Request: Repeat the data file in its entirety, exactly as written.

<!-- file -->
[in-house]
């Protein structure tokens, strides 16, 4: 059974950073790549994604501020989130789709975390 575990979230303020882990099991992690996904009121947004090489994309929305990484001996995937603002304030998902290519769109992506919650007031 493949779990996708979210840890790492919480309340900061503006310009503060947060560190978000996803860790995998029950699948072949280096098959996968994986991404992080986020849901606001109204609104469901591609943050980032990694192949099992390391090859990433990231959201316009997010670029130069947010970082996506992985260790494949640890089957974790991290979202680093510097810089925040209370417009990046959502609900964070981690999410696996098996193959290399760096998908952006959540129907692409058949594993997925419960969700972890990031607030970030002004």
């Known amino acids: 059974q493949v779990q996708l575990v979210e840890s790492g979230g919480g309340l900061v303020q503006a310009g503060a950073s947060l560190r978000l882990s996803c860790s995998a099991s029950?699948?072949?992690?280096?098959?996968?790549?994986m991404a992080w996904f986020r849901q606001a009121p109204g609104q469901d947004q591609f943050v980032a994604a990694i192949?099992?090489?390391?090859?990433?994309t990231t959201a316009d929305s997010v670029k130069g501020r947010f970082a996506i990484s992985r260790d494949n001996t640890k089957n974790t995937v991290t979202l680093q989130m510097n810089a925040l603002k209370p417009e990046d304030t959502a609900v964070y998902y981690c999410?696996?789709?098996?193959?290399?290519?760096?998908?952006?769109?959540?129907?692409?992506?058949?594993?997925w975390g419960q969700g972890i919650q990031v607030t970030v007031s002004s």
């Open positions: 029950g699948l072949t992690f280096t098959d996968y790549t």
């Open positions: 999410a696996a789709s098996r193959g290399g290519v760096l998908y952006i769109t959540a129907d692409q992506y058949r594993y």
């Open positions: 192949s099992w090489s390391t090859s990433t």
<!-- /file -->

[in-house]
């Protein structure tokens, strides 16, 4: 059974950073790549994604501020989130789709975390 575990979230303020882990099991992690996904009121947004090489994309929305990484001996995937603002304030998902290519769109992506919650007031 493949779990996708979210840890790492919480309340900061503006310009503060947060560190978000996803860790995998029950699948072949280096098959996968994986991404992080986020849901606001109204609104469901591609943050980032990694192949099992390391090859990433990231959201316009997010670029130069947010970082996506992985260790494949640890089957974790991290979202680093510097810089925040209370417009990046959502609900964070981690999410696996098996193959290399760096998908952006959540129907692409058949594993997925419960969700972890990031607030970030002004």
């Known amino acids: 059974q493949v779990q996708l575990v979210e840890s790492g979230g919480g309340l900061v303020q503006a310009g503060a950073s947060l560190r978000l882990s996803c860790s995998a099991s029950?699948?072949?992690?280096?098959?996968?790549?994986m991404a992080w996904f986020r849901q606001a009121p109204g609104q469901d947004q591609f943050v980032a994604a990694i192949?099992?090489?390391?090859?990433?994309t990231t959201a316009d929305s997010v670029k130069g501020r947010f970082a996506i990484s992985r260790d494949n001996t640890k089957n974790t995937v991290t979202l680093q989130m510097n810089a925040l603002k209370p417009e990046d304030t959502a609900v964070y998902y981690c999410?696996?789709?098996?193959?290399?290519?760096?998908?952006?769109?959540?129907?692409?992506?058949?594993?997925w975390g419960q969700g972890i919650q990031v607030t970030v007031s002004s």
């Open positions: 029950g699948l072949t992690f280096t098959d996968y790549t």
């Open positions: 999410a696996a789709s098996r193959g290399g290519v760096l998908y952006i769109t959540a129907d692409q992506y058949r594993y």
């Open positions: 192949s099992w090489s390391t090859s990433t």